Repeat DUI Offenders in California Must Install Ignition-Locking Breathalyzer on Their Car Beginning Jan. 1

A Tokai Denshi employee demonstrates how to breathe into the company's ignition interlock device during a press preview in Tokyo on May 27, 2009. (Credit: Toshifumi Kitamura / AFP / Getty Images)

A Tokai Denshi employee demonstrates how to breathe into the company's ignition interlock device during a press preview in Tokyo on May 27, 2009. (Credit: Toshifumi Kitamura / AFP / Getty Images)

Those with multiple DUI convictions or whose drunken driving resulted in an injury will have to install an ignition interlock device in their vehicles to regain driving privileges once a state law goes into effect Jan. 1.

Under the law, signed by Gov. Jerry Brown in 2016, offenders will be required to use device for a period of 12 to 48 months, depending on their number of violations. The statute will remain in place until Jan. 1, 2026.

The device is essentially a breathalyzer wired into a vehicle’s ignition that prevents it from starting up if the user isn’t sober. The driver will be required to submit additional breath samples during longer trips, according to the state Department of Motor Vehicles.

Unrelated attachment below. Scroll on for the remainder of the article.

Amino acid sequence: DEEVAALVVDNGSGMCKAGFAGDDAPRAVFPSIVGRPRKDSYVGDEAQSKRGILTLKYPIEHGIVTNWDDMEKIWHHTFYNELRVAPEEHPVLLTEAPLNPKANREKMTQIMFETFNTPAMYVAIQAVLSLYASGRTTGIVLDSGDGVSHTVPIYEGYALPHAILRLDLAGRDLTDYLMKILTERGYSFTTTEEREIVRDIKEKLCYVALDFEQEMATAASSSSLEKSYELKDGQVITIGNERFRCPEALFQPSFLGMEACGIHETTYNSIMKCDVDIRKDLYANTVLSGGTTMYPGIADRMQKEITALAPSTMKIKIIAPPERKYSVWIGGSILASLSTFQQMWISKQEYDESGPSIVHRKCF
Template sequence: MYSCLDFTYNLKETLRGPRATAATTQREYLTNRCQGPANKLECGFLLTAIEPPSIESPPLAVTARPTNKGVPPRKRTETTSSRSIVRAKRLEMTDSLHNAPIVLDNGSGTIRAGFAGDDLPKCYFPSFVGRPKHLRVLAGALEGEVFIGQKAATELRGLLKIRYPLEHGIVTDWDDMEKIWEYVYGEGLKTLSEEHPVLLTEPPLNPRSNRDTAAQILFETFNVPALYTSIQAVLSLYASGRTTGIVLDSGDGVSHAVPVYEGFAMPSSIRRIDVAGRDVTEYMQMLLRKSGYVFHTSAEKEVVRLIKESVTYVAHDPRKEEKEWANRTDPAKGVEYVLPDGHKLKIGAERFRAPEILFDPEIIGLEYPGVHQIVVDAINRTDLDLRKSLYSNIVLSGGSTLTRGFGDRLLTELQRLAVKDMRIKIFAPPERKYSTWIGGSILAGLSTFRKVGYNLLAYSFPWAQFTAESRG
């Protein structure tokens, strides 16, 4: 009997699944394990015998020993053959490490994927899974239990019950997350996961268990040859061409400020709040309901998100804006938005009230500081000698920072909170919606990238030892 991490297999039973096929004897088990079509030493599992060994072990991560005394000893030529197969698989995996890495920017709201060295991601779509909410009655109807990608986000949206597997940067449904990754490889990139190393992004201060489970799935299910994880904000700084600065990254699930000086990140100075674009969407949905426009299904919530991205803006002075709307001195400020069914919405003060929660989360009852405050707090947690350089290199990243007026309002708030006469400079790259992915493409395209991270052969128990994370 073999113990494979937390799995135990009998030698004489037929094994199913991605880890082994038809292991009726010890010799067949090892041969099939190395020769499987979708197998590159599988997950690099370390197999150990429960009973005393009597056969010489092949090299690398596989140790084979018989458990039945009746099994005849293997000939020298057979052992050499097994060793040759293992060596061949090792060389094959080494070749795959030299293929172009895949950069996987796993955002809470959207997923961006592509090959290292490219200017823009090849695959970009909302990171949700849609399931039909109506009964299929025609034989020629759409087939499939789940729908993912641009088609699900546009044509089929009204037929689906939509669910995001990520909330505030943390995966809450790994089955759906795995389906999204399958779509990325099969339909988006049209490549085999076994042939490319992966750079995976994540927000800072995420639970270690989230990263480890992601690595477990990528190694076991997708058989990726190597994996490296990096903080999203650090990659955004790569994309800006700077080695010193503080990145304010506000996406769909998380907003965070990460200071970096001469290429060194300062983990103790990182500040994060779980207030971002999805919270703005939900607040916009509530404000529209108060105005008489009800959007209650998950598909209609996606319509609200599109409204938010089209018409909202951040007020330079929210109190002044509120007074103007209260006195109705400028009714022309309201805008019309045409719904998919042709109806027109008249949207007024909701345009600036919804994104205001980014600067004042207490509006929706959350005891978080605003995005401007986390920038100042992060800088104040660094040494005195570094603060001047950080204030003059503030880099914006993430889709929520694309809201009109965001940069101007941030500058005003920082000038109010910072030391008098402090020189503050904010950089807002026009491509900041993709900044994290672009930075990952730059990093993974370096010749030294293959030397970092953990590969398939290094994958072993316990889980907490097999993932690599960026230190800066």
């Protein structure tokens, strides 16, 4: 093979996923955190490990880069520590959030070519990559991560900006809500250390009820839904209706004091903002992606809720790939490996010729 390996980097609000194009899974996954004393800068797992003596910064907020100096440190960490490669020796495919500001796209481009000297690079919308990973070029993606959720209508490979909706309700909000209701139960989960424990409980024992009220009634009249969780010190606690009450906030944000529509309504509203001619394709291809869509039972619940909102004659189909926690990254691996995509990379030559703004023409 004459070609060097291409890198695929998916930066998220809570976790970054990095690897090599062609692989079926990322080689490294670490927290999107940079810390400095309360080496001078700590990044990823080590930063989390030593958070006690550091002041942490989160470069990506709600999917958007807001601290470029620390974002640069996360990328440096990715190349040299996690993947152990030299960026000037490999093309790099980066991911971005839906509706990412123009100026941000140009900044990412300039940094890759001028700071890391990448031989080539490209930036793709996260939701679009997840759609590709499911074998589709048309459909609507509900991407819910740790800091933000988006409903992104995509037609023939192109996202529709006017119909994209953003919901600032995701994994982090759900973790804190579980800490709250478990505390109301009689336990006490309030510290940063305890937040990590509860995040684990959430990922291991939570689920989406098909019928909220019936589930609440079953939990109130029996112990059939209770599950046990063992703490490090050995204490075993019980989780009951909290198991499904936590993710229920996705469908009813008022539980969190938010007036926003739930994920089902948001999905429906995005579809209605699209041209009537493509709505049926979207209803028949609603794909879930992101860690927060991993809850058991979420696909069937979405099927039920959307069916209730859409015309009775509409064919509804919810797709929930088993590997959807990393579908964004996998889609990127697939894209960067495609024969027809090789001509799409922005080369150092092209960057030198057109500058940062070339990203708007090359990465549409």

While the law doesn’t mandate the device for first-time offenders whose DUI didn’t result in an injury, they can still choose to install it for six months in lieu of having their license restricted. Judges may also exert their own discretion in requiring the device for a first conviction.

The statute applies only to violations involving alcohol alone or a combined use of drugs and alcohol — not drug-only intoxication.

A pilot ignition-lock program has been in place in Los Angeles County since 2010. Alameda, Sacramento and Tulare counties also participated in the pilot.

A DMV study on the pilot’s success yielded mixed results.

Although those in the program had lower DUI recidivism rates than other offenders, the lower rates “significantly diminished over time,” according to the report.

It also found those using the device had a higher increase in crashes, including those resulting in fatality or injury, compared to those whose licenses remained suspended or revoked.

Drunken drivers kill more than 1,000 people each year in California, according to the DMV’s most recent statistics, and more than 20,000 are injured.